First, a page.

Re: will TIme limit future of cohousing?
From: Cbwhy (Cbwhyaol.com)
Date: Thu, 18 Jul 1996 08:29:50 -0500
Rob asks for opinions  and comments. He writes
>>I disagree that the group needs to be developers at all to form
community. I think that the best route to the future is to let
developers be developers and do that work, and have faciliated community
building happen amoung the residents, teach and learn group process and
decision making, do the design input work, but leave ALL the ugly legal,
permit, etc. details to other people and focus your group energy and learning
to be a group and building a sense of trust and community and friendship
amoung the group.

Well- I couldn't agree more. When my group was forming we approached some
developers (for profit and non) and , although we didn't do an exhaustive
search, we had no nibbles let alone takers.  Our ideas of what we
architecturally wanted  in cohousing - clustered housing with pedestrian
walkways- didn't seem achievable within the organic model of N Street. Our
alternatives seemed slim- try to develop or don't- so we are.

At this point we are 2 1/2 years in to what will hopefully be a 4 year
process.  Buzz Burrell's 7  thoughts on how to make the process easier were
great.  Maybe I read the cohousing book and  got to engaged in the idea of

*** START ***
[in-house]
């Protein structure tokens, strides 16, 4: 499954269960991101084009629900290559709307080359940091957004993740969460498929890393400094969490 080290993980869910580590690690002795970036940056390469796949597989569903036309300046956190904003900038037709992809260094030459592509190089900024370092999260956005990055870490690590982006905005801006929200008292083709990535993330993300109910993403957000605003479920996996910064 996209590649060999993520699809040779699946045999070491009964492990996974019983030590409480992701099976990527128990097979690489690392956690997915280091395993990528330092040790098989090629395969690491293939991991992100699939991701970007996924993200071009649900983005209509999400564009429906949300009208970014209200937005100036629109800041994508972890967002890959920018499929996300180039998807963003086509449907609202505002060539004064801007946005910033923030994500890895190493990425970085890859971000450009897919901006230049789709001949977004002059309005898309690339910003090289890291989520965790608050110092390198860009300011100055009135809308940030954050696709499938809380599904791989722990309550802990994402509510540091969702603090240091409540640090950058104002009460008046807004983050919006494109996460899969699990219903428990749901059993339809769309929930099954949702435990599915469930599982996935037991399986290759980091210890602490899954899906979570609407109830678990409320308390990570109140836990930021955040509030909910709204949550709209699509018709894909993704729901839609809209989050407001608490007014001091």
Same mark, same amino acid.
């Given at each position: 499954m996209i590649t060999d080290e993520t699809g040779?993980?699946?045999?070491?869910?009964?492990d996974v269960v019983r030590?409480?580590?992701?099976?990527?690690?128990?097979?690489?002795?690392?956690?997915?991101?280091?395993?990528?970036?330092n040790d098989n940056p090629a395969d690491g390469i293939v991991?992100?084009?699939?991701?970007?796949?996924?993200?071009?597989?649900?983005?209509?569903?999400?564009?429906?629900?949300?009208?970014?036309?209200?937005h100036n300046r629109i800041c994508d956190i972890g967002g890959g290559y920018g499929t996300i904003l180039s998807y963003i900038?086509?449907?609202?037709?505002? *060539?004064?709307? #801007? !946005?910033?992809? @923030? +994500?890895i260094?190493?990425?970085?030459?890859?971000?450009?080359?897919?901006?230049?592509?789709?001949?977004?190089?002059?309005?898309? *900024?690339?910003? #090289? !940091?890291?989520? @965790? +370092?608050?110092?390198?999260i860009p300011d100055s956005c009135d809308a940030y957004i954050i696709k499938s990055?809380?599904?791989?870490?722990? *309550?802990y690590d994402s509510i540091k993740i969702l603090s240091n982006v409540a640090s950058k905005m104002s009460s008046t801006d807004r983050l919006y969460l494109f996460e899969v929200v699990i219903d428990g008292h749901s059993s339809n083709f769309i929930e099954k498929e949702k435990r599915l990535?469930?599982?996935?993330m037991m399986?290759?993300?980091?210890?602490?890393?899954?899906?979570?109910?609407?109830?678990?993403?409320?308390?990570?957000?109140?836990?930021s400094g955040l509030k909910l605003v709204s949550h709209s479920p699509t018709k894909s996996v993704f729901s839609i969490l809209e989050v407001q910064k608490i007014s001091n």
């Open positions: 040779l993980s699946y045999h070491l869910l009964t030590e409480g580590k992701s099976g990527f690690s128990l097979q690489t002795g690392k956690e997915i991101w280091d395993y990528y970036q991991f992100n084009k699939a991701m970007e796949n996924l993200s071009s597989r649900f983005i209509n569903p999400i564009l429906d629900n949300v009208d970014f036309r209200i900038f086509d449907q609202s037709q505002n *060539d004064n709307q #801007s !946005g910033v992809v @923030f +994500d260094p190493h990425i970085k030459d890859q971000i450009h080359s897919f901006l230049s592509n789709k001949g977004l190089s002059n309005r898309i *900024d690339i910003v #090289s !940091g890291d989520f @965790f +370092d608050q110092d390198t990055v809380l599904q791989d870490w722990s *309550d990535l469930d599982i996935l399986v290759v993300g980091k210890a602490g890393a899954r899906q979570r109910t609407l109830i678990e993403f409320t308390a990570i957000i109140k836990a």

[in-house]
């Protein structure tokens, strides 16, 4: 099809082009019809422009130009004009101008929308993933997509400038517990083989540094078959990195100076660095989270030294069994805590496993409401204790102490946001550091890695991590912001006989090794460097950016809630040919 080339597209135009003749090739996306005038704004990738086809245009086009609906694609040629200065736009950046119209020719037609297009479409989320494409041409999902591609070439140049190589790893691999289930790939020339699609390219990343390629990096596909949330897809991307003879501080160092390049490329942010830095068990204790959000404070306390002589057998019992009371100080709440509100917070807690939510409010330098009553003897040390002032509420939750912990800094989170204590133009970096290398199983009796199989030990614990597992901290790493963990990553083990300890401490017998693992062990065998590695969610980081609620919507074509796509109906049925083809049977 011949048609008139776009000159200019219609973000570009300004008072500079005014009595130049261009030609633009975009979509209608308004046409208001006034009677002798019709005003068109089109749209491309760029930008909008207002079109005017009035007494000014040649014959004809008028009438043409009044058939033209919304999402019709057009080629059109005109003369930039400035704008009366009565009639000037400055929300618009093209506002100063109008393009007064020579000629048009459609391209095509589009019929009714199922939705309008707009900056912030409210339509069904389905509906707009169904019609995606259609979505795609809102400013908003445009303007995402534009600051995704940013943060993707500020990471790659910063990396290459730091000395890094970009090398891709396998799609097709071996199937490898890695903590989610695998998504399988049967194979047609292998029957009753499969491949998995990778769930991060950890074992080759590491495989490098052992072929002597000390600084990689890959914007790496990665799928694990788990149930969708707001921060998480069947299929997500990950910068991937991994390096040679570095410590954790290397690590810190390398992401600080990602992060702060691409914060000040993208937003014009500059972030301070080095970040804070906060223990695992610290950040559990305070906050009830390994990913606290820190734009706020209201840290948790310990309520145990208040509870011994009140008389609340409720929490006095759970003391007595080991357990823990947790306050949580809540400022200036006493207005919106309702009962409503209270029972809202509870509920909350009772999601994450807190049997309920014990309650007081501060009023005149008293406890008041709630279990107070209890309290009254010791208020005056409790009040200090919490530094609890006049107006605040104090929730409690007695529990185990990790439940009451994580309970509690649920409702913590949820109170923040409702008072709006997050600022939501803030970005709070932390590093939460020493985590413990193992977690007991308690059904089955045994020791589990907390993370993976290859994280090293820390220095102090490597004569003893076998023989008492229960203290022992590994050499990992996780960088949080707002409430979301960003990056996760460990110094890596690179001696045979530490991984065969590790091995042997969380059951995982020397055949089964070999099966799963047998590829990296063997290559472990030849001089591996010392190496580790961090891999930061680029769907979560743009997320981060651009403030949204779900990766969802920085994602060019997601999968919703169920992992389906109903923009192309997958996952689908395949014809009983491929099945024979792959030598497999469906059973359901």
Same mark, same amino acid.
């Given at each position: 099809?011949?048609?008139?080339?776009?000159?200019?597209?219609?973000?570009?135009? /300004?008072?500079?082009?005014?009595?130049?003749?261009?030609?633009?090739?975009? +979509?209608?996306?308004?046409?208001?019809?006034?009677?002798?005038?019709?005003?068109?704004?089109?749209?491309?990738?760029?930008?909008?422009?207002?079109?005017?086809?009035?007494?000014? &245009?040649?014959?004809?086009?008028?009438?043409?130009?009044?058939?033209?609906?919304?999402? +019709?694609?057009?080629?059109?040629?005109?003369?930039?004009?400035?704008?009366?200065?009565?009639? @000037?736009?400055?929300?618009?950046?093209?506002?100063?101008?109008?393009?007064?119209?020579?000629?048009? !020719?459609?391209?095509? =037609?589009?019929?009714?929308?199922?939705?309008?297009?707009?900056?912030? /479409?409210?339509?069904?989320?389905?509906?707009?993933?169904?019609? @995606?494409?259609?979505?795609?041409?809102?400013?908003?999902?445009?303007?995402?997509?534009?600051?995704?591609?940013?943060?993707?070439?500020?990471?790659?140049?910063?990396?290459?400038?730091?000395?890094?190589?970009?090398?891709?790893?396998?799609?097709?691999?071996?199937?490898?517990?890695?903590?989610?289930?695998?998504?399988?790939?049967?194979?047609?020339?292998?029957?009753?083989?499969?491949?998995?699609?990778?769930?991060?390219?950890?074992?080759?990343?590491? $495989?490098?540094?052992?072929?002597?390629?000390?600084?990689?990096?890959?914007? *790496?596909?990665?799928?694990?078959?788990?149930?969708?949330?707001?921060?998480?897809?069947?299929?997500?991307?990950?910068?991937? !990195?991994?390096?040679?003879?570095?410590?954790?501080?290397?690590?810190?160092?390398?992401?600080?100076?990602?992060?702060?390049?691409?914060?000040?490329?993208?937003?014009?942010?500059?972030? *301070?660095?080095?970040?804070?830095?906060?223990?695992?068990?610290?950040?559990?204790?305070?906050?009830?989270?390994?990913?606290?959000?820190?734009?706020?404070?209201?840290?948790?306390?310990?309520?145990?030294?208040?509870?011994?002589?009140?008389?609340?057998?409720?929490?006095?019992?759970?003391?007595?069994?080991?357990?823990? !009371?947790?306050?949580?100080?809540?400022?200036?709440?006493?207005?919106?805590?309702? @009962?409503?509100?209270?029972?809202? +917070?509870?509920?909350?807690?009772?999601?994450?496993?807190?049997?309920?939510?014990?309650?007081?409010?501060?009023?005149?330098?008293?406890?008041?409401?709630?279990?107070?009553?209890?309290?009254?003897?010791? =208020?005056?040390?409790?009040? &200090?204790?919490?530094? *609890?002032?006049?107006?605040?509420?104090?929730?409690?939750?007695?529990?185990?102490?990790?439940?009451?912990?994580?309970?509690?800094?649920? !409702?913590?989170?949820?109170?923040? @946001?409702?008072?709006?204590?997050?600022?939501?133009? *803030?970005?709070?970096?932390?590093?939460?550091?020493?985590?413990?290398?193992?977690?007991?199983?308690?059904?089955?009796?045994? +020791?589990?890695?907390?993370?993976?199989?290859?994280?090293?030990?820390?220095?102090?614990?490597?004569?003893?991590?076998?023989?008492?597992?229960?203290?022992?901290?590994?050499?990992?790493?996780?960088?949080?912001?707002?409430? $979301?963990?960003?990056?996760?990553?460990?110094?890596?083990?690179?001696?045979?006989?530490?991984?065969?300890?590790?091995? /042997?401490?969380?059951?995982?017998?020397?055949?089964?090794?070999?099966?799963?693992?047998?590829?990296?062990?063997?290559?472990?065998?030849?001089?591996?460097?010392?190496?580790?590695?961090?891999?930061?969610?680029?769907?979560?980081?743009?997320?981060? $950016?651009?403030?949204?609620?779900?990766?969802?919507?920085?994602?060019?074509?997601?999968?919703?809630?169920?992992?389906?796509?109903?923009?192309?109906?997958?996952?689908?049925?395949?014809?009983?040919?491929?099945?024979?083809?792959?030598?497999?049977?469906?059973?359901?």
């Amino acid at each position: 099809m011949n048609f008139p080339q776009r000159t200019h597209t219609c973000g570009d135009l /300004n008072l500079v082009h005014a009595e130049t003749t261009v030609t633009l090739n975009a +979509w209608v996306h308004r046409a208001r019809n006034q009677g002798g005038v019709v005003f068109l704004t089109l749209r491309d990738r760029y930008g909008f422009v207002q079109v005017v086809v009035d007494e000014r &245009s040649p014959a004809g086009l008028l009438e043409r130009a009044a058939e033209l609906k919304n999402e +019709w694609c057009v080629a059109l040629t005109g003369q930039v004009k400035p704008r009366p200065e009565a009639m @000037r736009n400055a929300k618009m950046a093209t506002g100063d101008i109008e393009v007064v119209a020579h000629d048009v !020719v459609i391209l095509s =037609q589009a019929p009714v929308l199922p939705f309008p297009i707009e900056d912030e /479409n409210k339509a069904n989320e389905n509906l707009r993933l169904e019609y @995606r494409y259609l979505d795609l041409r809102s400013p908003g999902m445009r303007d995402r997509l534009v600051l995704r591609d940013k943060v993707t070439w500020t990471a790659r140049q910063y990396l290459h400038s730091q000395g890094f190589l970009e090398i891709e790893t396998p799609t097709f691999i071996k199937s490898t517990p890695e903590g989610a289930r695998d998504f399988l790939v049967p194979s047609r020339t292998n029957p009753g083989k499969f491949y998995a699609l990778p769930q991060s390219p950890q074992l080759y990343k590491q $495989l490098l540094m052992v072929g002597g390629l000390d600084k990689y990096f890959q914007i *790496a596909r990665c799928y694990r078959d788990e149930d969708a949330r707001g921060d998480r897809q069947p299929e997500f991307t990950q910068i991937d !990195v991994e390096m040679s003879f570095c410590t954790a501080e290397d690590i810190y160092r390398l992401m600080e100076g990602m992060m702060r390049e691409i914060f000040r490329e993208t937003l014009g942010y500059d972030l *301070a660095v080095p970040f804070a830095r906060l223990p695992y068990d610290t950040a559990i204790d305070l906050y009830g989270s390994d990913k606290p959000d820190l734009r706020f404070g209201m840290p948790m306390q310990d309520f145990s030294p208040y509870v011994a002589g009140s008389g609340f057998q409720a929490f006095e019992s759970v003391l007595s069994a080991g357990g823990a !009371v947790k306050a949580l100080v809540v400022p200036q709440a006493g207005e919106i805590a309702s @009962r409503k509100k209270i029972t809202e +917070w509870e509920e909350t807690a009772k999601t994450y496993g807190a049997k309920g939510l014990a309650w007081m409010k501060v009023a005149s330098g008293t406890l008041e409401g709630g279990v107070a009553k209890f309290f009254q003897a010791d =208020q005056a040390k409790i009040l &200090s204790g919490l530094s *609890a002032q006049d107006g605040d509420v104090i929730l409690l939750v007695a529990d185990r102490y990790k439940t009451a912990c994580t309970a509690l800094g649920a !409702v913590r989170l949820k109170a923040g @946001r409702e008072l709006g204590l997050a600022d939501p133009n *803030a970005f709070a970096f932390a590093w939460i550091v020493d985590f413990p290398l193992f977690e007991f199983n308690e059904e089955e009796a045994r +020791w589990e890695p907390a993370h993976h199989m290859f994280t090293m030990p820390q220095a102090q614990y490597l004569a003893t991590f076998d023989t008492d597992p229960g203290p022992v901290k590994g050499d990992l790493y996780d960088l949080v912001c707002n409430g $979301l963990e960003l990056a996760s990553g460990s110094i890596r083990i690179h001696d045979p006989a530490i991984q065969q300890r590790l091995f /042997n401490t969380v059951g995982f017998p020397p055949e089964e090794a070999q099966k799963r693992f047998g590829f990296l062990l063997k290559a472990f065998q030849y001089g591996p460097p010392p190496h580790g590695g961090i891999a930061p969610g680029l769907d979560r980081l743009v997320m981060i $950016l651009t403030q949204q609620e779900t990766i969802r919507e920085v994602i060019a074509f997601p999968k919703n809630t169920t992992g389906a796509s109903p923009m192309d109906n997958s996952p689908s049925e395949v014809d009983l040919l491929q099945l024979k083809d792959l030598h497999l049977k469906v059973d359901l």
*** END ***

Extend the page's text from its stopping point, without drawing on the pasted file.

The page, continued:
the look and building of the community and not engaged enough in just being
in it (whatever it looks like). Some of those points were raised to our group
and we really didn't think they would work for us. I'm wondering now if we
read the Cohousing Book and were too engaged in the look, buildings, and
design aspects of cohousing. The more in the process we are the clearer it
becomes that those things don't really amount to much, and the community and
sharing is where it's at. Nevertheless I bet everyone in the group would do
it the same way again if asked. Ask again when we are moved in.

rob also says >> national development system in place, but I am not >sure
this is possible given the local nature of real
>estate development.  There does not seem to be any national real >estate
development firms that do residential work. Its all pretty >much local.

I believe there needs to be a National Cohousing Association which  assists
groups in getting going. Other groups with shared interests go to conferences
and meetings, introduce their issues and perspectives to  governmental bodies
and financial institutions. If cohousing is to go anywhere besides a quick
blip in the social history books under the late 20th century, we need to do
the same. Certainly the national developer community needs to be educated
about the opportunities available in cohousing (that there is money to be
made and good work to be done). The same can be done with the banking
industry. And I'm sure there are continuing interests- after you get built.  

Finally- will time requirements for first generation cohousing limit the
future of cohousing? I believe it will. Only if those requirements are
minimized can the most people get on board.

Corey Yugler
Synergy Cohousing
Delray Beach, FL
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